“F. Scott Fitzgerald” by Ruth Prigozy – Review

By: Angie Haddock


Scott Fitzgerald’s life reads like one of his own stories: a young man of great promise marries into wealth, but beneath the golden surface lie alcoholism, debt, insecurity, and in Fitzgerald’s particular case, the mental instability of his beautiful, unconventional wife, Zelda. Fitzgerald scholar Ruth Prigozy provides fresh insight into the life of the novelist who, in both his work and life, captured the rise and fall of the Jazz Age.

Goodreads


I am one of those crazy kids who actually did like a few of the “classics” I had to read in school, and one of my faves was “The Great Gatsby.” So, when I came upon this slim, picture-filled bio of the author, F. Scott Fitzgerald, at a library book sale – buying it was a no-brainer for me. (I was supporting the library!)

I feel like most avid readers have a few ideas about Fitzgerald – many of his books were at least semi-biographical, and he and his wife were famous symbols of the roaring twenties. This book dashes through all the eras of Fitzgerald’s life, though, without much romanticizing.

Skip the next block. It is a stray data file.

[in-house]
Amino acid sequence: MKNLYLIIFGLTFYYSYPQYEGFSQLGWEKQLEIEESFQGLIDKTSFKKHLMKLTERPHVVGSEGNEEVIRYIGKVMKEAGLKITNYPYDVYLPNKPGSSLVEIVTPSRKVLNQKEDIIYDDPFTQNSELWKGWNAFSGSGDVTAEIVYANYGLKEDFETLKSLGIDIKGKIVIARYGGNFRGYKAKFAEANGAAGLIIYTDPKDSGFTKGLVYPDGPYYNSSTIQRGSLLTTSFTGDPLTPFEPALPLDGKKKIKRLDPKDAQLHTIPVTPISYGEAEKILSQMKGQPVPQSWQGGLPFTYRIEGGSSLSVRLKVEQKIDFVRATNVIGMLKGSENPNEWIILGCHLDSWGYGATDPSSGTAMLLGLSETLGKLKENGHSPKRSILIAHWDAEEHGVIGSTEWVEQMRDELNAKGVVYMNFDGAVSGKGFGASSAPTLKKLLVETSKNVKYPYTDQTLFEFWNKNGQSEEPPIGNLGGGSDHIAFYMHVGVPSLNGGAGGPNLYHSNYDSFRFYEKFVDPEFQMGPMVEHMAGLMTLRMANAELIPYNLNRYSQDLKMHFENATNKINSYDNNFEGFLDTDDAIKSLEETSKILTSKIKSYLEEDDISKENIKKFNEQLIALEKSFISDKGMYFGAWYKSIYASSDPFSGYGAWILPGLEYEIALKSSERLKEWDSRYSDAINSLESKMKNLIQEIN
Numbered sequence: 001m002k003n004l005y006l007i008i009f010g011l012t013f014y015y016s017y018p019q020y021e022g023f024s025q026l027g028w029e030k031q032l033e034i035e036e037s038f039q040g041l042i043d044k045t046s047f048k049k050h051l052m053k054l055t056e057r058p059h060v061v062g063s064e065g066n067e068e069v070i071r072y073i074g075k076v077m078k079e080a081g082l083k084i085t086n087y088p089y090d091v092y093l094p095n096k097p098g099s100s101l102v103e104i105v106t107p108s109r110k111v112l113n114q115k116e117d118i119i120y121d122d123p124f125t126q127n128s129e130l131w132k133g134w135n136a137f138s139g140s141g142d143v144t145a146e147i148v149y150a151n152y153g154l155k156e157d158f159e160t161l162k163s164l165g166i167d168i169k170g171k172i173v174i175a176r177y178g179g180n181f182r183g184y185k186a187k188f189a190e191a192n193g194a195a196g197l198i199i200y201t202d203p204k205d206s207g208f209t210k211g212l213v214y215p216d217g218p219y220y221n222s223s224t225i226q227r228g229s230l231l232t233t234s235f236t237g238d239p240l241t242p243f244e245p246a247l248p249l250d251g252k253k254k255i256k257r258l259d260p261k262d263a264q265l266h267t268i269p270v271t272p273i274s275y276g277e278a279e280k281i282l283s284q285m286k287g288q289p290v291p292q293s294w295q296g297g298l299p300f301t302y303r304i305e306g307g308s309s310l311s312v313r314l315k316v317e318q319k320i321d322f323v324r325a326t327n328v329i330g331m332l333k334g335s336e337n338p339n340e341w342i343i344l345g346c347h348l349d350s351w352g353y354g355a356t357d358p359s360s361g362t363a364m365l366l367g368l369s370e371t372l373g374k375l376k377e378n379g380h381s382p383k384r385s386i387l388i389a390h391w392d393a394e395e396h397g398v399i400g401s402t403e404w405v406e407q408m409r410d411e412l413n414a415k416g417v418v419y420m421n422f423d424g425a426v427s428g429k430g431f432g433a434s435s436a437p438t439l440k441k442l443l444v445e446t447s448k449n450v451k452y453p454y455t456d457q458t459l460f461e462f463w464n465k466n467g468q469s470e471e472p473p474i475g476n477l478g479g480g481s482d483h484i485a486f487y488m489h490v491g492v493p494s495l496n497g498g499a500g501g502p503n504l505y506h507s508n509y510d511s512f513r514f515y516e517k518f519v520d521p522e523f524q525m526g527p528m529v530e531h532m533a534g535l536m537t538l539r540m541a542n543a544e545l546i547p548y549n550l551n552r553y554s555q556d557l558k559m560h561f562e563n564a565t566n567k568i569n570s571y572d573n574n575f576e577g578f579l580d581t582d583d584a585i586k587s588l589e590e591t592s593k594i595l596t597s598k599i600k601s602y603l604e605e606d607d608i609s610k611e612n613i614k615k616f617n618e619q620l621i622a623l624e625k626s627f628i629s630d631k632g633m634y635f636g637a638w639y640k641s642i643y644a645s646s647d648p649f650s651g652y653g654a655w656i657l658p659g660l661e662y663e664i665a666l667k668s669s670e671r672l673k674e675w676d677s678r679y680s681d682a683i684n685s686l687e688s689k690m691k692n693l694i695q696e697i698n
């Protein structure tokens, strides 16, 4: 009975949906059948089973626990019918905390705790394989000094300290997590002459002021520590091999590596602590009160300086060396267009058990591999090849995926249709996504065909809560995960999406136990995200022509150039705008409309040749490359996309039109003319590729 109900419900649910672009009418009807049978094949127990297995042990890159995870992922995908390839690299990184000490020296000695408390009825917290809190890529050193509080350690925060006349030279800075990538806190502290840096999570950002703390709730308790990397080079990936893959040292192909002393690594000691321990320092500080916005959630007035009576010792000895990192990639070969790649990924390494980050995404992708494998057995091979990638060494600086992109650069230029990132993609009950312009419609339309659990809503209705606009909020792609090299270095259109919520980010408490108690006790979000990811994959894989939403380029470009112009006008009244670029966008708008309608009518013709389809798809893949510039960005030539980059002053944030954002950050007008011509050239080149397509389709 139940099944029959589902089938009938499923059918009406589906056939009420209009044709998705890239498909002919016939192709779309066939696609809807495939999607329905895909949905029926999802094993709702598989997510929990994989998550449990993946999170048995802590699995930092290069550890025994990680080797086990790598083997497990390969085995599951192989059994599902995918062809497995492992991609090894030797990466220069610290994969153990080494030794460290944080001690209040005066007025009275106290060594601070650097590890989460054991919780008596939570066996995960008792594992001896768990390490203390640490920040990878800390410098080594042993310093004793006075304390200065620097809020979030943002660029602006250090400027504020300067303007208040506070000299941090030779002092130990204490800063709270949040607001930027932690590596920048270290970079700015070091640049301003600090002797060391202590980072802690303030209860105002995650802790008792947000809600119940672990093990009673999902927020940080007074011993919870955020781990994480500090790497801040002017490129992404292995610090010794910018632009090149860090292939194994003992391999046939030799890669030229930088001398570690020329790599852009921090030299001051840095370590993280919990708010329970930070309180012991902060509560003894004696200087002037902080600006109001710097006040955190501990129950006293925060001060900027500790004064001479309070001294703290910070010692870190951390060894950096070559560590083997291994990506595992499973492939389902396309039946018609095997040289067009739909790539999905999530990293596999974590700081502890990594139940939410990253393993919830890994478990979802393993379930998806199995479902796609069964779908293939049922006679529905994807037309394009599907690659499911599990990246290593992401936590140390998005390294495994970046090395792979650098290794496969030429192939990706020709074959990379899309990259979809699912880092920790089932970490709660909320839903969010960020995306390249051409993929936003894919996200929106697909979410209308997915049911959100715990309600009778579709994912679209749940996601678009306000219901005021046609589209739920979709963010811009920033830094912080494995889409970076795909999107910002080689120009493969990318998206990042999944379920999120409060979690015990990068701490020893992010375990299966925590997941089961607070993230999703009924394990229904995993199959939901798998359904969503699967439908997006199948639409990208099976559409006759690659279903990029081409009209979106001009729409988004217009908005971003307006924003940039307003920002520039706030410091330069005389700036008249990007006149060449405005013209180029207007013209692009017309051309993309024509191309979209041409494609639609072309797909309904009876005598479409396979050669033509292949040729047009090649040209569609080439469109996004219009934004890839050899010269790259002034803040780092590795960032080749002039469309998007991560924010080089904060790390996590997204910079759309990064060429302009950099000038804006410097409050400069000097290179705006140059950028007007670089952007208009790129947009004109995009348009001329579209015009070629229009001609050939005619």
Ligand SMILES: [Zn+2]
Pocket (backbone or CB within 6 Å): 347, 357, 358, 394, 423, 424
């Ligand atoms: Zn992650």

One of the things I found interesting was that his mother was a distant relative of Francis Scott Key (writer of “The Star Spangled Banner”), and that is actually who he is named after.

While most of us know Fitzgerald from his novels, he mostly paid his bills (or didn’t, often) by writing short stories. Many of these were published in magazines first, most notably in “The Saturday Evening Post.” Some were later compiled into anthologies, as well.

Fitzgerald drank a lot, and his wife Zelda spent her later years in a mental institution. These two issues soaked up most of his money, and he spent a lot of time worrying about money. To his credit, though, he always pushed himself to write more to make money. He also borrowed from family, but his drunkeness never led to a period when he wasn’t writing – and often profusely.

There are some interesting tidbits in this book about his friendships (and rivalries) with other writers (including Ernest Hemingway), editors, and even Hollywood personalities of the time. The Fitzgeralds were always trying to be fashionable, and several of Scott’s stories made it to the silver screen during his lifetime. While he did try his hand and screenwriting on several different occassions, he did not have much luck hanging around Hollywood himself.

F. Scott Fitzgerald did die in Hollywood, though, at the home of his girlfriend. He was only 44 years old at the time.

This was a quick read, and I loved all the pictures of the Fitzgeralds’ travels.


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